Originally published in Midwest Vegetable Variety Trial Report for 2005. Compiled by Elizabeth T. Maynard and Christopher C. Gunter. Bulletin No. B17810. Dept. of Horticulture and Landscape Architecture and Office of Agricultural Research Programs, Purdue University, W. Lafayette, Indiana. December 2005.


The USDA Agriculture Census for 2002 reported 355 acres of chile peppers, including jalapeños, grown in Indiana. Almost half of the reported acreage is in Lake Co. Based on conversations with Indiana producers, market criteria for jalapeños differ greatly depending on the ultimate consumer. Many major wholesale buyers prefer large peppers with no checking, or cracks. Markets strongly influenced by people of Mexican heritage prefer large, hot, peppers that are cracked when mature. Anthocyanin development is undesirable in both markets. Producers look for varieties that yield large quantities of high quality peppers, and are easily harvested. This paper reports on four jalapeño pepper cultivars evaluated at the Pinney-Purdue Ag Center in Wanatah, Indiana. Characteristics of interest included yield, fruit size and shape, wall thickness, and plant size.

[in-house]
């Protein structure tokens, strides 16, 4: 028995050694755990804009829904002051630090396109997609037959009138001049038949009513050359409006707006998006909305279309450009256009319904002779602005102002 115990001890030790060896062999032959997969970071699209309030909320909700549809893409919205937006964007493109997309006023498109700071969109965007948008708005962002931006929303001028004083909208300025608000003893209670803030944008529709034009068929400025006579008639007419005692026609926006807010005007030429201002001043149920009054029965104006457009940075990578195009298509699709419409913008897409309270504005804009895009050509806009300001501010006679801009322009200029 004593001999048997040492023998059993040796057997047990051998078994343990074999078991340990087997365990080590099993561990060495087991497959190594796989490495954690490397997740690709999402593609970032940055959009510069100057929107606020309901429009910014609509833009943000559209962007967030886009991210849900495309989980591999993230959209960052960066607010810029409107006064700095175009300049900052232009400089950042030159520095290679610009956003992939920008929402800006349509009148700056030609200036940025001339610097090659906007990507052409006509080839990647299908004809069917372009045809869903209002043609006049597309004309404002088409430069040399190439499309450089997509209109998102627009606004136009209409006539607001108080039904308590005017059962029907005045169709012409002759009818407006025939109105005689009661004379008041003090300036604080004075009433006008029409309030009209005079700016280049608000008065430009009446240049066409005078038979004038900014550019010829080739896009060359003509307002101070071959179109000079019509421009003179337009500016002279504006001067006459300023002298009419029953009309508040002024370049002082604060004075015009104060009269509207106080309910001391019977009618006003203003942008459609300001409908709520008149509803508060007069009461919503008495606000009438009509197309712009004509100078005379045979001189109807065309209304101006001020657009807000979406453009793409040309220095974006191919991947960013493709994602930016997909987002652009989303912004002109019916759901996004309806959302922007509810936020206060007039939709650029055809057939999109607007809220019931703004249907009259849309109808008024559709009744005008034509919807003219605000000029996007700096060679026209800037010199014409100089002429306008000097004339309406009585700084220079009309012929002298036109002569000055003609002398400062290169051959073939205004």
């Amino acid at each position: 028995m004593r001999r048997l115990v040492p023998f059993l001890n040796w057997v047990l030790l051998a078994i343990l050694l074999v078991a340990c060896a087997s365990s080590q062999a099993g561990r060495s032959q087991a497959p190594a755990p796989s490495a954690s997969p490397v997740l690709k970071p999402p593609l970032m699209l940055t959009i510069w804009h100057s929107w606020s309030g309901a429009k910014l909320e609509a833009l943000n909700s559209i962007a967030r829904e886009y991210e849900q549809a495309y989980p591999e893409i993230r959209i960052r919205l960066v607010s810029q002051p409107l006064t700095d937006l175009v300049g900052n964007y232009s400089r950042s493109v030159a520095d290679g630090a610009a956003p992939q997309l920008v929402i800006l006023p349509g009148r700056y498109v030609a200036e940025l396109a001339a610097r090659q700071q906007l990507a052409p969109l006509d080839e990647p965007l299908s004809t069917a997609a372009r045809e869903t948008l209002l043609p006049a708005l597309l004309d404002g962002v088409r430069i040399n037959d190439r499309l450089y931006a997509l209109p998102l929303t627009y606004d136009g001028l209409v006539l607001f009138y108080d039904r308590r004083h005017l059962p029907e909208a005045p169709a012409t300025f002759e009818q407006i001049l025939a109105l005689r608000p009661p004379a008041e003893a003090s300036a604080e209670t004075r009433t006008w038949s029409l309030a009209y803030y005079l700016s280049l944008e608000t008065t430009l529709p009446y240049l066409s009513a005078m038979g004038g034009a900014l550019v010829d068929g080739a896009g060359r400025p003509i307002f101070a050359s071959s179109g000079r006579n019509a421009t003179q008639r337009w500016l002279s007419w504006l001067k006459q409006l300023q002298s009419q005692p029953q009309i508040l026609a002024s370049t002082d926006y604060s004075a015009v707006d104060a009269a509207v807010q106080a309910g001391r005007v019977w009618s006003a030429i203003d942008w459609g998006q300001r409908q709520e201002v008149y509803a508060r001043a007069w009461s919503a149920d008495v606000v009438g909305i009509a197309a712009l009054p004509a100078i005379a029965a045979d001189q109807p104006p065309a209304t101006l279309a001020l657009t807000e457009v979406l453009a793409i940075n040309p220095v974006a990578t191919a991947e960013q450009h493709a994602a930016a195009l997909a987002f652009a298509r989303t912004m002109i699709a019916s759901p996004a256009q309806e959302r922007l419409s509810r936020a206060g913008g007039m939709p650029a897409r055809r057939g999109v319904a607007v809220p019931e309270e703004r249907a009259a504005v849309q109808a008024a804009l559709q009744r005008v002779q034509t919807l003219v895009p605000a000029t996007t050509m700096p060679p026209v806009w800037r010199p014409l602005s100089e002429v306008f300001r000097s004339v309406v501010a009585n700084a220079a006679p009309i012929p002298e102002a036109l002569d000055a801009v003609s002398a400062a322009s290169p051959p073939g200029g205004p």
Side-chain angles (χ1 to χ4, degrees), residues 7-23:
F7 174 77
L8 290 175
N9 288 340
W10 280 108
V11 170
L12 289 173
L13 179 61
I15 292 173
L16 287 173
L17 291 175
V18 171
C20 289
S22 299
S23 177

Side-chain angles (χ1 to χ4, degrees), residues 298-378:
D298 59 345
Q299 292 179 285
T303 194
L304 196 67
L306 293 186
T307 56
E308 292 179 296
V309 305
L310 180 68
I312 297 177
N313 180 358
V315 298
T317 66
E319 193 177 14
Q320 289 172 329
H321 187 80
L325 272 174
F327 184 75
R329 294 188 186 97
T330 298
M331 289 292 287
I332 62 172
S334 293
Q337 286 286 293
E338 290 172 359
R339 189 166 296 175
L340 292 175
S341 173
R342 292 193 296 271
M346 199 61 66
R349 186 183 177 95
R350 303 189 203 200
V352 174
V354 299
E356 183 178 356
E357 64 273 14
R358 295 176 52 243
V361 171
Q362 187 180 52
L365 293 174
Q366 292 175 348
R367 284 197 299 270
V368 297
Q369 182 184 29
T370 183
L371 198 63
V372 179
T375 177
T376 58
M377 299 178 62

variety trials, peppers, hot peppers, jalapeño peppers, vegetables, Capsicum annuum

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